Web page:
Salicylic

Known as a Beta Hydroxy Acid (BHA) and the only one there is come to that. It's often used to treat acne and blemishes, as it can be absorbed deeper into the pores instead of just exfoliating at surface level, clearing them out of dead skin and gunk (where bacteria just love to make mischief). Get your salicylic fix with {Indie Lee's Blemish Stick}. Just pop it on over a pesky zit and leave it to work its magic. For more serious skin issues, it double-teams with sulphur in Kate Somerville's famous {EradiKate Acne Treatment} to help banish red angry nodules.

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The below AHA acids tend to have less skin-sloughing clout than glycolic and lactic, but work well when used in conjunction with them (think of these as "The Supremes" in a formulation, while glycolic/lactic/salicylic is "Diana Ross"...)

Malic

This helps decrease the production of melanin, making it great for hyperpigmentation. You can find it in the {Refining Facial Polish} from sought-after facialist {Su-Man}.

Citric

A fruit-derived acid, it's often used as an "extra" to up a product's exfoliating ante. It joins a chorus of other AHAs in {REN's Glycol Lactic Radiance Renewal}

Mandelic

Derived from bitter almonds, it's a good choice for oily/spot-prone skin, as it's anti-bacterial (to help blitz blemish-causing bacteria) and reduces sebum, so that shiny forehead will hopefully be a thing of the past. Find it in {DHL's Multi-Action Penta Peel}.

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A few other acids you might stumble upon...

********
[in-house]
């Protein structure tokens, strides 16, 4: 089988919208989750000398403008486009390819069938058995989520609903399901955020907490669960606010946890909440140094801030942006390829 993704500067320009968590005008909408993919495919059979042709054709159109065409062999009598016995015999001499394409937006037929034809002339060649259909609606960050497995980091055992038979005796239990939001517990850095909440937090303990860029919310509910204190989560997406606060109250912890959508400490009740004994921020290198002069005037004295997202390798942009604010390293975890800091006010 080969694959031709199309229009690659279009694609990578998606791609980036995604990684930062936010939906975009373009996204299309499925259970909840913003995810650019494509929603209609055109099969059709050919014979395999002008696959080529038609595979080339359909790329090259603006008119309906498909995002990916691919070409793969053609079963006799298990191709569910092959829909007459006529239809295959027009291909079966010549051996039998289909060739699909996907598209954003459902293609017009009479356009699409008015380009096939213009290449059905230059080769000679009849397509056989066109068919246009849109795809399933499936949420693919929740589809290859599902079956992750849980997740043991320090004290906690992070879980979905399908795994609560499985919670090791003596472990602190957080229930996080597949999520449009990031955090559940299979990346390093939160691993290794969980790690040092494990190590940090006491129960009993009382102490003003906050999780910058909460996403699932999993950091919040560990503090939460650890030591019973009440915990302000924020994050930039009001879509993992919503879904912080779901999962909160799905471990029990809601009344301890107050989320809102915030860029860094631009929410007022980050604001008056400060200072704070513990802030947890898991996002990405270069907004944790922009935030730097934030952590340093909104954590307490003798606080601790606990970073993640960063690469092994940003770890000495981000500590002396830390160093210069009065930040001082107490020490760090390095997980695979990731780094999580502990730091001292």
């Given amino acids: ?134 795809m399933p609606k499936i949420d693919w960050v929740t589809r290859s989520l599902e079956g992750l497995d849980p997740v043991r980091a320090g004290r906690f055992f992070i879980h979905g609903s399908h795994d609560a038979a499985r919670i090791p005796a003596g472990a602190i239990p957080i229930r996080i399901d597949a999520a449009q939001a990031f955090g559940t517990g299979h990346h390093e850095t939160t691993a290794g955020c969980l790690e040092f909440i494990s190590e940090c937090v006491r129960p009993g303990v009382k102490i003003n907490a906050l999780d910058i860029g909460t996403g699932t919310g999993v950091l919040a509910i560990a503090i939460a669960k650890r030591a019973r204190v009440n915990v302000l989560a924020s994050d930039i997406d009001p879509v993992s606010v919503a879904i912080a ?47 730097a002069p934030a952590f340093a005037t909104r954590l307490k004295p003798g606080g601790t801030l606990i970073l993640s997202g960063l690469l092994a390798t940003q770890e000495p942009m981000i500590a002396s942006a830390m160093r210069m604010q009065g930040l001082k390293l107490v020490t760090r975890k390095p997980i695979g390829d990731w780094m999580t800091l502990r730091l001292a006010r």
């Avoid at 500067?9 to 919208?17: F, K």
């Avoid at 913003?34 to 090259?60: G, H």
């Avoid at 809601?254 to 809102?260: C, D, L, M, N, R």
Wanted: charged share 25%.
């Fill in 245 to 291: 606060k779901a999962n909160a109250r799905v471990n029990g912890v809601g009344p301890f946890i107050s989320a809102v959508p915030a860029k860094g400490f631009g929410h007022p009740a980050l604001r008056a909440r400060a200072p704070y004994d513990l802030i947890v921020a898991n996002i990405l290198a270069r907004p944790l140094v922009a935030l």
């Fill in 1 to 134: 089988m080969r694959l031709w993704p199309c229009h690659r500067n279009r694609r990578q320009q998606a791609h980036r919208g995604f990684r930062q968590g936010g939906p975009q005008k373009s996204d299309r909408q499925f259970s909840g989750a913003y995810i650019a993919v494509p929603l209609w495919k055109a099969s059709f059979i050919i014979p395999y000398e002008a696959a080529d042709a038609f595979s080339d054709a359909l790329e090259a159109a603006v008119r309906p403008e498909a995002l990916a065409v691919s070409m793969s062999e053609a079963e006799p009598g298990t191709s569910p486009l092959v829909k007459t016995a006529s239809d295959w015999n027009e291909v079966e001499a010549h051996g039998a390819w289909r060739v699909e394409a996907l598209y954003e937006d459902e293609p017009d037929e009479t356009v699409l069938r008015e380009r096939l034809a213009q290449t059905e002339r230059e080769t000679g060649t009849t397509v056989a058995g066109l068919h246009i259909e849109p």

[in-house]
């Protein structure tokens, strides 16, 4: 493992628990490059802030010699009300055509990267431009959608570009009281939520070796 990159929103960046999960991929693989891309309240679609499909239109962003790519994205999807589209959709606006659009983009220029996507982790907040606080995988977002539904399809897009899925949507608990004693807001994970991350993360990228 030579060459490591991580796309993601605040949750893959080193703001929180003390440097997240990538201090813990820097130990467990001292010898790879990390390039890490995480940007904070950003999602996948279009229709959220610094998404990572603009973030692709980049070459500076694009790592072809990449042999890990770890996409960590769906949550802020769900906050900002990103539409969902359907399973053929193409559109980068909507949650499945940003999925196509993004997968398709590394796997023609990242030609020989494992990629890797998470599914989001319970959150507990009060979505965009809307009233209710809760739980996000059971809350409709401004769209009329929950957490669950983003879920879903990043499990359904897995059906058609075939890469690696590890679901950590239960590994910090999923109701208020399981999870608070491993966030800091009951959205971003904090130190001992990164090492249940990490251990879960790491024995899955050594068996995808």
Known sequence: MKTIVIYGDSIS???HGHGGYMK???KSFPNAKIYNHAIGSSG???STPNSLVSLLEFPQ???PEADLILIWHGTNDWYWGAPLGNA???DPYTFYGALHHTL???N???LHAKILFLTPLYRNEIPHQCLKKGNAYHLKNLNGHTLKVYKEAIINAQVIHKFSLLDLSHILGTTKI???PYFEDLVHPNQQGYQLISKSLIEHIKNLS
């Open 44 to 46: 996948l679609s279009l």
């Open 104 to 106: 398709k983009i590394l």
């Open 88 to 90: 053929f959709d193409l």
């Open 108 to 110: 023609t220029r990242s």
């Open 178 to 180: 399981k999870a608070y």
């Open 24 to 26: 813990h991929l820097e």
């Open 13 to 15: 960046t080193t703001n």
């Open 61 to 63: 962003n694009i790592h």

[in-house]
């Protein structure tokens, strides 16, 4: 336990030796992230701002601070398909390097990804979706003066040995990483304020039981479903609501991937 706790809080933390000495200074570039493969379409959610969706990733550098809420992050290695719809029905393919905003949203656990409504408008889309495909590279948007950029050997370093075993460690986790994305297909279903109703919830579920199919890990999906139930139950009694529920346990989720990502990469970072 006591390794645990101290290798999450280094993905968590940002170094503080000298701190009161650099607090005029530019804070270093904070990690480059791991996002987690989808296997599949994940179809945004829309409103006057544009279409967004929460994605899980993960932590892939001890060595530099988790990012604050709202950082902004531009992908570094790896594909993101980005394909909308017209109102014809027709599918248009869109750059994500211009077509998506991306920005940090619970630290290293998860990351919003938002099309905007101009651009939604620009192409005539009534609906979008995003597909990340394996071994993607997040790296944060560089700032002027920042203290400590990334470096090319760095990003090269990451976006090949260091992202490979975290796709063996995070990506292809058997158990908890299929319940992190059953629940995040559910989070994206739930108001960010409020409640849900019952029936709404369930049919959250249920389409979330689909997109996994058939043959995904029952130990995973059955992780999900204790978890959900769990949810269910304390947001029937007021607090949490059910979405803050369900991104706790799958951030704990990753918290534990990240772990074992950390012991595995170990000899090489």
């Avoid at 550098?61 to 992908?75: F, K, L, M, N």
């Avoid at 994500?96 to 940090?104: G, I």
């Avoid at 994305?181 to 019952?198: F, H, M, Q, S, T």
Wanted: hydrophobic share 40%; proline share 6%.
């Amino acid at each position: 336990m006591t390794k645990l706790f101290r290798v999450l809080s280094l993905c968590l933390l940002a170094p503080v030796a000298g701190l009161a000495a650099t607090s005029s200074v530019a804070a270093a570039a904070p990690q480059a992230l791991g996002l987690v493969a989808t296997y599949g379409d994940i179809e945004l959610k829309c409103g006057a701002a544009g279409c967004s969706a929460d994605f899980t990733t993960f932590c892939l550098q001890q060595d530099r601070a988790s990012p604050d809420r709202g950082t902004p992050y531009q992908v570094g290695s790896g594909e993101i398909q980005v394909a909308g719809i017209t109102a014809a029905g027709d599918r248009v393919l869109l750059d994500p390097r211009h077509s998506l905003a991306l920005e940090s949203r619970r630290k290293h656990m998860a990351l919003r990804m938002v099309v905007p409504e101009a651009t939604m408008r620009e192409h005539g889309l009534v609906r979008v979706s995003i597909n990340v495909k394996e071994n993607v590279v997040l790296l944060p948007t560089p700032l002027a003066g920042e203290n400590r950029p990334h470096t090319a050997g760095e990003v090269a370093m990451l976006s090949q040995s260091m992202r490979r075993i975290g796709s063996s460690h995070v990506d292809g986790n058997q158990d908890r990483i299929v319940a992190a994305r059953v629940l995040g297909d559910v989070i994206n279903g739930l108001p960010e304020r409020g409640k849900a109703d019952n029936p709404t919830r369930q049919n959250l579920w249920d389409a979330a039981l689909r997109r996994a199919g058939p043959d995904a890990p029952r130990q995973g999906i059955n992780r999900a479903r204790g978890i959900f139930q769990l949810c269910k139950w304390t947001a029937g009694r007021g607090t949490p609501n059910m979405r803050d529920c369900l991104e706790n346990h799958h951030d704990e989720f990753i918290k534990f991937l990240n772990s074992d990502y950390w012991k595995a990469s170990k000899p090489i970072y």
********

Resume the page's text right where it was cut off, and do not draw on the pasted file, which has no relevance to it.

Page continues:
Azeliac Acid

If you're already know your glycolics from your salicylics, this is a more "underground" acid to have on your radar. This yeast-derived delight is said to work wonders on acne and rosecea due to its anti-inflammatory and anti-bacterial properties, in addition to evening skin tone. {The Ordinary} have harnessed it in their brightening and retexturising {Azelaic Acid Suspension 10%}, which is a good one to impress your "skintellectual" mates with.

PHAs:

Poly Hydroxy Acids (PHAs) are currently less commonly used than AHAs, but work pretty much the same way. Because the molecules are larger than AHAs, they work on a slightly slower scale, allowing for less irritation or tingling sensation (making them good for sensitive skin). Working to repair skin from sun and UV damage, as well as helping to restore the skin barrier, the most common ones are gluconolactone, maltobionic and lactobionic - the latter of which crops up in {Omorovicza's Blue Diamond Resurfacing Peel}.

And one last word of warning: be careful layering different products if some contain acids - as they can work against each other and make each other's ingredients less effective. For example, Vitamin C and retinol don't tend to play nicely with many of the above acids - so any product featuring them should be avoided if you've already applied an acid to your skin. (Click here to read more about which skin care products shouldn't mix.)